Gracing the top of a 30m cliff, with a rear entertainment deck with 180-degree ocean views, the Chris Beckingham-designed home sits between George Harrison’s former estate and the palatial holiday home belonging to Cotton On millionaire founder Nigel Austin.

Offers of more than $6m will be considered for the property, which occupies almost 3000sq m of land and features five bedrooms and an open-plan layout with extensive use of natural timbers and stonework.

“Chris has got a knack of integrating the indoor and outdoor space and anything he designs sits so comfortable within its environment,” O’Donnell says. “It’s a breathtaking location. It provides solitude, and that’s a major attraction — to get away from an otherwise chaotic life with lots of commitments.”

In the two months since it was first listed a “healthy” number of genuine offers have been made, according to Singleton, who says confidence is improving as buyers look for better value outside Melbourne and Sydney.

“The wave is certainly coming up the coast. We see improvements in Brisbane and the Gold Coast, and we generally lag behind by about 12 months,” he says.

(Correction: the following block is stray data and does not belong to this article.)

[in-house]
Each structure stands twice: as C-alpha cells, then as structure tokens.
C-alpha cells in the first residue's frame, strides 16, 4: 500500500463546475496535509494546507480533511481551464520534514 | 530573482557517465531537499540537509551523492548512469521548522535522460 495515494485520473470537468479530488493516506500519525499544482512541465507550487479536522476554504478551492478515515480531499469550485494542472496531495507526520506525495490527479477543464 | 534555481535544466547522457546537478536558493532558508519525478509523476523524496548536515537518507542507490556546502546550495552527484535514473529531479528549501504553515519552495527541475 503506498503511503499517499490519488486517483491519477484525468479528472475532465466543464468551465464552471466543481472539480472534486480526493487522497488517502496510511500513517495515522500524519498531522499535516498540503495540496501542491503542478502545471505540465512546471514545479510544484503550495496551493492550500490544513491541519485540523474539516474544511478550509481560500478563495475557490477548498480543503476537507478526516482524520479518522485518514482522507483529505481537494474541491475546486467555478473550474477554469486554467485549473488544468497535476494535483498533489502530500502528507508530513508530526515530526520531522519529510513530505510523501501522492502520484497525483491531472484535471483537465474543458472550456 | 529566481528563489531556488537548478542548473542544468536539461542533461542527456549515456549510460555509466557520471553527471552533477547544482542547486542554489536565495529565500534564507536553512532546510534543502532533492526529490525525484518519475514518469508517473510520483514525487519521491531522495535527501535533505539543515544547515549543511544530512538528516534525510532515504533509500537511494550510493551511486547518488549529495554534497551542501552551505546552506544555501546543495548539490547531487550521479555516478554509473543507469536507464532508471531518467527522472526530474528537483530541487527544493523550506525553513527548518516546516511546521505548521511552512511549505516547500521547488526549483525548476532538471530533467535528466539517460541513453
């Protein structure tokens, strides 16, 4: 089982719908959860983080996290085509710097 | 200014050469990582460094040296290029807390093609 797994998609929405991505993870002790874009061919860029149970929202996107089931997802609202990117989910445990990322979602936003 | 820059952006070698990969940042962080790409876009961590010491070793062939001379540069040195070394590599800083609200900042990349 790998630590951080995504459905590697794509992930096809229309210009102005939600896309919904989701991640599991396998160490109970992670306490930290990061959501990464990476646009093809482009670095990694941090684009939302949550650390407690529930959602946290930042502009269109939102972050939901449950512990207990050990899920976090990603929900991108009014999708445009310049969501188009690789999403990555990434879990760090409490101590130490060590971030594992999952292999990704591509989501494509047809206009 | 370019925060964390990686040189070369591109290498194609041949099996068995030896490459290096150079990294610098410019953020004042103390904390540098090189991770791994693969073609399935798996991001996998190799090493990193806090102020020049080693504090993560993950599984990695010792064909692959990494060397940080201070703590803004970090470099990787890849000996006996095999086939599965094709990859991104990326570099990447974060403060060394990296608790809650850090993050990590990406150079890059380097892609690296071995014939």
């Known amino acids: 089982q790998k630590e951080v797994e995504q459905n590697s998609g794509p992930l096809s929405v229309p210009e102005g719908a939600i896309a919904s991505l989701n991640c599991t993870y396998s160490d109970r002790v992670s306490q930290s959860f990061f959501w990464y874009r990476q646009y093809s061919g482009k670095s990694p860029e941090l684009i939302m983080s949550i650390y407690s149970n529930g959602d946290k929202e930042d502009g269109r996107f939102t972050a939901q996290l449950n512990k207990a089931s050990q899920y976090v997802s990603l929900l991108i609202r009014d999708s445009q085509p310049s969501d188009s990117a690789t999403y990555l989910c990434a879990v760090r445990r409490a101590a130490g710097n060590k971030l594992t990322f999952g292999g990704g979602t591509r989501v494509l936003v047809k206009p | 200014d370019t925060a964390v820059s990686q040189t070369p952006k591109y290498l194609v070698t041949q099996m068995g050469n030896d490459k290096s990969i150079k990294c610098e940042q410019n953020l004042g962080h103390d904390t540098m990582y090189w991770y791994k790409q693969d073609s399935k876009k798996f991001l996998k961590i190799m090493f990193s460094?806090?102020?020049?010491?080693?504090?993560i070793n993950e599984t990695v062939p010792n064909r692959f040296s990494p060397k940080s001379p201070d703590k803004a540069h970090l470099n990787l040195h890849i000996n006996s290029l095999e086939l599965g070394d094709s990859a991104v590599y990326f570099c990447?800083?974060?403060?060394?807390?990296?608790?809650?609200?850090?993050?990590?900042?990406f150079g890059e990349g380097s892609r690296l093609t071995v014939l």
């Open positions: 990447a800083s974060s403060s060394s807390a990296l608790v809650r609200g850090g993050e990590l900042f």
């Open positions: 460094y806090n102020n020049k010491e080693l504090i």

Queensland Waterfront agent Mark Meallin has three of the region’s highest profile prestige listings in the Whitsundays, ranging from $7m to a heavily discounted $19.9m.

Mandalay House is listed in conjunction with Gold Coast Sotheby’s International Realty agent Carol Carter. The grandiose 2649sq m Mediterranean-style house took more than three years to build and originally was listed for $25m by owner-developer Neil Murray.

Heaven’s Gate, a six-bedroom eco-friendly home on 1450sq m at 860 Gloucester Avenue, Hideaway Bay, also has been listed with Gold Coast Sotheby’s International Realty and Queensland Waterfront, and carries $10m price expectations.

Mechanical engineer Ian Bishop and his wife Missy, who bought the property in 2006 for more than $4m, are reluctant vendors as they downsize.

Newly listed Botanica House, which owners Janet and Ralph Hogan have made into a wedding destination since building the property in 2008, has received offers in the four weeks since it was listed with Meallin and joint agent Ray White Whitsundays.

Expressions of interest of more than $7m are being sought, with a leaseback of $300,000 a year in place until the completion of the final booking in December next year.

“We’ve experienced a 10-fold increase in inquiry on properties worth $2m or more in the past 12 months,” Meallin says. “For the overseas-based buyers out of the US, UK and China, the Whitsundays represent great value. For many Australians, they holidayed here or they’re coming back to fulfil a dream.”

Despite the rising median price, many prestige homes are being sold below replacement cost.

“The values are definitely improving at the top end,” Meallin says.

“There are more buyers on the ground and provided there are no major global events I think we’ll see a 10 per cent increase in values in the next year.”

Additional reporting: Lisa Allen